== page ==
A pair of studies relating to honey and bumble bees found that pesticides which affect the insects’ nervous system could be in danger of wiping out entire colonies.
Although strict limits prevent farmers from using insecticides strong enough to kill bees, the research raises fears that the chemicals could be indirectly putting them at risk by modifying their behaviour.
The chemicals, which influence the central nervous system of insects, pose a threat to bees because they spread to the nectar and pollen of flowering crops like sunflowers and oilseed rape.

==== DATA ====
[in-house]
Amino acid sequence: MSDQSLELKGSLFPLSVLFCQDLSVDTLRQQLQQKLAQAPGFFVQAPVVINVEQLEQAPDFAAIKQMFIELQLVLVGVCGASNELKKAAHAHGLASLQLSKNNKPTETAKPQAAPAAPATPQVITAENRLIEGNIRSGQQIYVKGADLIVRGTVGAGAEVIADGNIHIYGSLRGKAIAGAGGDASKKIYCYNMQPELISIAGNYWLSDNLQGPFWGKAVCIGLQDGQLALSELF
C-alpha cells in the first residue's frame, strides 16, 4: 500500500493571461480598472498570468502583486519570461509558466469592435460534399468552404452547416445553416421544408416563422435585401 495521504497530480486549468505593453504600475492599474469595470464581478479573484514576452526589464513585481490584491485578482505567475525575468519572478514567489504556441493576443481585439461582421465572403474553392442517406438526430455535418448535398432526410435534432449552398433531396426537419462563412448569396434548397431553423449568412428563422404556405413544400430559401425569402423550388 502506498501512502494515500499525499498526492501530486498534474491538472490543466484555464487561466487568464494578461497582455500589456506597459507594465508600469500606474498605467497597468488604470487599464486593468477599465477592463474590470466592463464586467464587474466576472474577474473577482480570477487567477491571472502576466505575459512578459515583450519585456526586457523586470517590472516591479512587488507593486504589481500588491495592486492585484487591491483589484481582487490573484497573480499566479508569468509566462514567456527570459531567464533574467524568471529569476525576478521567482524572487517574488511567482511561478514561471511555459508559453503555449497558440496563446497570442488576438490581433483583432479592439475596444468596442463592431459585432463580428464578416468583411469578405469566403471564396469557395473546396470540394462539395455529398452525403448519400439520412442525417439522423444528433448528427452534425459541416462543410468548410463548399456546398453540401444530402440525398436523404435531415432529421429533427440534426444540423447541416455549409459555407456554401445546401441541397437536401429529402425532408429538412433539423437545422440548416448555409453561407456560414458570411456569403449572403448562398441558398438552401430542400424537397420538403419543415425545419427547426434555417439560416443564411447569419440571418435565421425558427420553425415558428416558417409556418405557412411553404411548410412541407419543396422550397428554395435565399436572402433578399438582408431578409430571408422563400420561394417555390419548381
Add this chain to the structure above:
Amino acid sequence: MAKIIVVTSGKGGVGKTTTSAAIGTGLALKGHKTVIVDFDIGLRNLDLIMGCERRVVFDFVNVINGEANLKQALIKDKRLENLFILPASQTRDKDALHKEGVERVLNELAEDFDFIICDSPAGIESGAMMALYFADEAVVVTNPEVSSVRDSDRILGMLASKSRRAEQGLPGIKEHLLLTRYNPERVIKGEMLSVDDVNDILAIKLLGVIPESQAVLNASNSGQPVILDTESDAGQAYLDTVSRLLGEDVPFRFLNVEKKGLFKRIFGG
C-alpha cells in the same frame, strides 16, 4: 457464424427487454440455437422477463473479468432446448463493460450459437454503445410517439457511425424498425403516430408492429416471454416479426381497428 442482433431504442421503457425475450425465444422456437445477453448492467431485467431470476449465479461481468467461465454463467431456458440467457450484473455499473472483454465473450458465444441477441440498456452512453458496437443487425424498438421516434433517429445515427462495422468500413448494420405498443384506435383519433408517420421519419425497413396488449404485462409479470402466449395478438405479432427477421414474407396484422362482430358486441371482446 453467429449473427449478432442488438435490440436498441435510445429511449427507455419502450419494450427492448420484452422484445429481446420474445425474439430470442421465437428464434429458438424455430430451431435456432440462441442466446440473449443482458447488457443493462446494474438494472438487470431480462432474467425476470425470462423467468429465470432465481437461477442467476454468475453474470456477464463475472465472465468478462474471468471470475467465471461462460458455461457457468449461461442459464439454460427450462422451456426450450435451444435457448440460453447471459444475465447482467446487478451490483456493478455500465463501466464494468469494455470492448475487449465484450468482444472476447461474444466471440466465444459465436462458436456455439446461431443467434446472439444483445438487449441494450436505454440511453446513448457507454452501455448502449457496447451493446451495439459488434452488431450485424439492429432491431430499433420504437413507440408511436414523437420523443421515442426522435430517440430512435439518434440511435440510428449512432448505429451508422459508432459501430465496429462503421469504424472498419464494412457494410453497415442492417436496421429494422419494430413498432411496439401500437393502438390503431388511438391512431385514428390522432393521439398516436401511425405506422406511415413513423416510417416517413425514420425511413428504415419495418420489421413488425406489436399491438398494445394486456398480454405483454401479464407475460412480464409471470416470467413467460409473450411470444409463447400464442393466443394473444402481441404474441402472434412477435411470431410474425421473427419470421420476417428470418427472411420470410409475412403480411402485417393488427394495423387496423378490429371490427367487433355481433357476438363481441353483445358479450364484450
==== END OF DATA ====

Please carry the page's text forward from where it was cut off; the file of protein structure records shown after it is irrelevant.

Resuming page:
The Stirling study revealed that after exposure to imidacloprid, a type of neonicotinoid, bumble bee colonies – comprising bees, wax, honey, grubs and pollen – grew eight to 12 per cent smaller than control colonies, suggesting they were bringing in less food.
They also produced far fewer queens, which are needed…
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